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La Fatiga Que Me Das (You Exhaust Me)

La Fatiga Que Me Das (You Exhaust Me)
signed with the artist’s initials ‘CB’ (lower right); signed, titled and dated ‘CRISTINA BANBAN 2019 ‘LA FATIGA QUE ME DAS’’ (on the reverse)
acrylic on canvas
59 1/8 x 71in. (150.1 x 180.4cm.)
Painted in 2019
WOAW Gallery, Hong Kong.
Private Collection, Asia.
Acquired from the above by the present owner.
Hong Kong, WOAW Gallery, Cristina BanBan, 2020.
Special notice
Artist's Resale Right ("Droit de Suite"). Artist's Resale Right Regulations 2006 apply to this lot, the buyer agrees to pay us an amount equal to the resale royalty provided for in those Regulations, and we undertake to the buyer to pay such amount to the artist's collection agent. This lot has been imported from outside of the UK for sale and placed under the Temporary Admission regime. Import VAT is payable at 5% on the hammer price. VAT at 20% will be added to the buyer’s premium but will not be shown separately on our invoice.

Brought to you by

Michelle McMullan
Michelle McMullan Head of Evening Sale

Lot Essay

Three larger-than-life characters fill the canvas of La Fatiga Que Me Das (You Exhaust Me) (2019), a monumental painting that bursts with the figural distortions, exaggerated features and lush painterly bravura that define Cristina BanBan’s practice. A weeping woman rests her head on gigantic, knuckly hands; blue tears and blonde hair alike cascade down her face and through her fingers, pooling on the surface before her. Her liquid, cartoonish eyes stare wistfully off-screen. She might be heartbroken, or—as the title hints—just tired of it all. Flanking her left and right, two equally voluptuous figures comfort the woman, laying their own massive hands upon her in a colourful pile-up of flesh, touch and feeling. The left-hand figure bears a rich orange complexion and fetching blue nails. BanBan draws on inspirations ranging from Neoclassical portraiture to Abstract Expressionism and the graphic language of manga, but ultimately conceives of her work in diaristic terms. Always placing the female form centre-stage, her dynamic, vibrant compositions are at once bold and intimate, driven by everyday experiences of companionship, humour and self-definition.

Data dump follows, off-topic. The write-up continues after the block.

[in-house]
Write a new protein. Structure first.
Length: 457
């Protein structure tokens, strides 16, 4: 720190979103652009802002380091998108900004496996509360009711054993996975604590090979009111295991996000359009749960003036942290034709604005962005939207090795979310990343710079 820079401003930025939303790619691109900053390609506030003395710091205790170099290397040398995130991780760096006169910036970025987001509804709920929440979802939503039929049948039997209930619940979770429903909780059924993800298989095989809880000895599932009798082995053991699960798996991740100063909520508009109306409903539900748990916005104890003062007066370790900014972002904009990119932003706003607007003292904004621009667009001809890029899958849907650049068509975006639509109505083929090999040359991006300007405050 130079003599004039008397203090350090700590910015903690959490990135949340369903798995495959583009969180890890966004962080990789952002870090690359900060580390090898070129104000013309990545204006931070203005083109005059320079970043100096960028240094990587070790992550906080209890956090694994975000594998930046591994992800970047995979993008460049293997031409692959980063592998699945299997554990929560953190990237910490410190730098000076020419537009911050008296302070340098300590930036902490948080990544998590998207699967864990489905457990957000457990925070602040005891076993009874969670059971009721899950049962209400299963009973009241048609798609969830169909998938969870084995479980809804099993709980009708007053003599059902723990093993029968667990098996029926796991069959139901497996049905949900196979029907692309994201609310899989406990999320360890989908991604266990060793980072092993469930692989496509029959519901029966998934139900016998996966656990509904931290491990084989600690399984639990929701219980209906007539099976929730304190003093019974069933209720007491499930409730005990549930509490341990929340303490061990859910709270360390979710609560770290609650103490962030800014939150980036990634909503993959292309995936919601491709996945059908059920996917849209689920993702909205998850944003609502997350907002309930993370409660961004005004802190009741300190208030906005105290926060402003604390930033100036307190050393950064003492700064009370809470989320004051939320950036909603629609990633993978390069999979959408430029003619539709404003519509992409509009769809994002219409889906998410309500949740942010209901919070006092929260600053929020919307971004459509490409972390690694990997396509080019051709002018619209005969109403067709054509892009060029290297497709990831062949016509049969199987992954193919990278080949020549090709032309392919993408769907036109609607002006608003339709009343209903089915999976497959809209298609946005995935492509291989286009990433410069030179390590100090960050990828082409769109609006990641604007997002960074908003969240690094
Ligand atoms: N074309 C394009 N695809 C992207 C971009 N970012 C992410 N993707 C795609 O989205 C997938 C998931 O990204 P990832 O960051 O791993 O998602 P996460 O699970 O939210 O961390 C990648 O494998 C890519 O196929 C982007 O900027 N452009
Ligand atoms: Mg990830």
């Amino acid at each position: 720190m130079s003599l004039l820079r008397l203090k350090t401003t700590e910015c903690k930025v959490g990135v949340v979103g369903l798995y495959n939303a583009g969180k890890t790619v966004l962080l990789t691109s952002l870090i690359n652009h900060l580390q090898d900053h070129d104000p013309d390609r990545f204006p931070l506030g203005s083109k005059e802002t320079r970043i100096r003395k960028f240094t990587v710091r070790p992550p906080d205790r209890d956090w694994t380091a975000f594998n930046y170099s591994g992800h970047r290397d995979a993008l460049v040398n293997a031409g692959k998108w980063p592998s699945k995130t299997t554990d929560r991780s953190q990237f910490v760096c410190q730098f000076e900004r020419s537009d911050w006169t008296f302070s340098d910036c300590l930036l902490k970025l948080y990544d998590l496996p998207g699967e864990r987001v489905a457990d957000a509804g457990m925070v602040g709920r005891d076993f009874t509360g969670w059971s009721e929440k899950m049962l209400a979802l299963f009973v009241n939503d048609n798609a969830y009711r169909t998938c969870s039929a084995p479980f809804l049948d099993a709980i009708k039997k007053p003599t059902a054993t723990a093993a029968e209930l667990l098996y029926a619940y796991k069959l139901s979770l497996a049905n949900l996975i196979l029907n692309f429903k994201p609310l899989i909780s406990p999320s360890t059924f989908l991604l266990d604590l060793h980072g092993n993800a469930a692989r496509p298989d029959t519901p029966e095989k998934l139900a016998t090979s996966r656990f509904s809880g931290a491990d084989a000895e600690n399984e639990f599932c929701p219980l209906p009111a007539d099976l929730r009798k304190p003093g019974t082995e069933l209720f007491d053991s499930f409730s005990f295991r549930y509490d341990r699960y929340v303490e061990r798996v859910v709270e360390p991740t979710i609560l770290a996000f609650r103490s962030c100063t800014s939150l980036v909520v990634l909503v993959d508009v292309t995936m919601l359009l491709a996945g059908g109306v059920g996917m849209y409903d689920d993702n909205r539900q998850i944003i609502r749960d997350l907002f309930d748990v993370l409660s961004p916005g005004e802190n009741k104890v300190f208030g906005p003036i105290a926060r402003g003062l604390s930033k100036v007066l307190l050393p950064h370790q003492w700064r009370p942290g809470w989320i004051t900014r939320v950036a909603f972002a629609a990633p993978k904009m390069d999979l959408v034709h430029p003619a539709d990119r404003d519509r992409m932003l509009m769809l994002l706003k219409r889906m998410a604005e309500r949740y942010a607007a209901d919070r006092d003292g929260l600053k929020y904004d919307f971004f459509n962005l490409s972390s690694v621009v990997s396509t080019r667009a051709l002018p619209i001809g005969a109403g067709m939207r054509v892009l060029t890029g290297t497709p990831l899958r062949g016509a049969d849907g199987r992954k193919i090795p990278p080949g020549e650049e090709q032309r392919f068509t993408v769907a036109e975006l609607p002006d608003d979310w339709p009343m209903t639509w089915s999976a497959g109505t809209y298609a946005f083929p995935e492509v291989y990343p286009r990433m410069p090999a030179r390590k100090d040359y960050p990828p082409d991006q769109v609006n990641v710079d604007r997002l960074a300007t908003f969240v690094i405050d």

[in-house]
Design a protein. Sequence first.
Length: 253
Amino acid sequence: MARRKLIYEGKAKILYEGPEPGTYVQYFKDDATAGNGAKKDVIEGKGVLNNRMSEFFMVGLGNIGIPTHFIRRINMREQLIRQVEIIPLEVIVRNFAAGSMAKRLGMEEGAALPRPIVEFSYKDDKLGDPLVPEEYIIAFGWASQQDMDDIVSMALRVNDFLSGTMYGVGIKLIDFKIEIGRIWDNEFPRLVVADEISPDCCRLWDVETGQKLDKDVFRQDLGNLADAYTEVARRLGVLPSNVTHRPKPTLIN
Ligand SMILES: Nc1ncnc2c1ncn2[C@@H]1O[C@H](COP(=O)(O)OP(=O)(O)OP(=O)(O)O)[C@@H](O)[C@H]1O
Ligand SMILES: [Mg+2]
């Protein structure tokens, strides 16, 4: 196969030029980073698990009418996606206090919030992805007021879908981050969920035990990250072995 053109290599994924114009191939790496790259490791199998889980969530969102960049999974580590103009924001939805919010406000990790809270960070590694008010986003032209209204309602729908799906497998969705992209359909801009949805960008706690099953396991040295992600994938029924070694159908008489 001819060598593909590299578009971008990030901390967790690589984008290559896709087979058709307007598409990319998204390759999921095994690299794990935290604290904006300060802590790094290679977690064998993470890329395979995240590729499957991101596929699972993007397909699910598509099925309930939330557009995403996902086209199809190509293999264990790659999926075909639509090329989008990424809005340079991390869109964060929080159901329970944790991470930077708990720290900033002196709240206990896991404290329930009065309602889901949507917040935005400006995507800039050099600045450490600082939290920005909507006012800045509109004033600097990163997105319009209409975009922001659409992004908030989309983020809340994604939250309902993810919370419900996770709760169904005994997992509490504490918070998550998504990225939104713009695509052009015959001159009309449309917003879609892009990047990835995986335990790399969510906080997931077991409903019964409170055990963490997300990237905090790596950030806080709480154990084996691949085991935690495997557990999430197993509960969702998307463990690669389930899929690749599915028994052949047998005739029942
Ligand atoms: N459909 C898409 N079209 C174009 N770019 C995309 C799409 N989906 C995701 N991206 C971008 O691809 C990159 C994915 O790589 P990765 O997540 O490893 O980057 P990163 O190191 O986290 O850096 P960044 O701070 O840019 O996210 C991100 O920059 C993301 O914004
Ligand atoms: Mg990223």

Born in Barcelona, BanBan developed her interest in the human figure at a young age. She attended an after-school art programme from the age of five, gaining a firm grounding in the fundamentals of life-drawing and colour theory, and by the time she was a teenager was teaching the classes herself. She went on to earn her BFA in Fine Arts from the University of Barcelona, and in 2012 moved to London, where the expressive, inflated figures for which she is known today began to take shape. Her influences included Philip Guston, Willem de Kooning and the Japanese manga artist and character designer Akira Toriyama—best known for the enormously successful Dragon Ball series—all of whose styles can be felt in the present work. Infused with Rubenesque grandeur, the painting’s loose, deliquescent brushwork and extravagant forms are handled with a free-flowing confidence that is distinctly BanBan’s own. Today, the artist lives and works in New York: La Fatiga Que Me Das was painted shortly after her move there, just months before the coronavirus pandemic forced the world into lockdown.

BanBan’s merger of emotive exploration with the haptic, sensational qualities of paint is exemplified in her figures’ mighty hands, which have become something of a hallmark of her work. Foregrounding touch, engaged in gestural action and manipulating their own (and others’) bodies, they seem to shape the very world around them. ‘They’re my favourite part of the human body, after the teeth’, she says. ‘… Playing with hands brings movement into the painting. It doesn’t matter if the subjects are in relaxed positions, hands always create a dynamic composition’ (C. BanBan, quoted in E. Pricco, ‘The Nuance of Memory’, Juxtapoz Magazin, 7 June 2021). Both colossal and sensitive, the reassuring figures of La Fatiga Que Me Pas quite literally take matters into their own hands, presenting a warm, playful picture of communal strength, energy and imagination.

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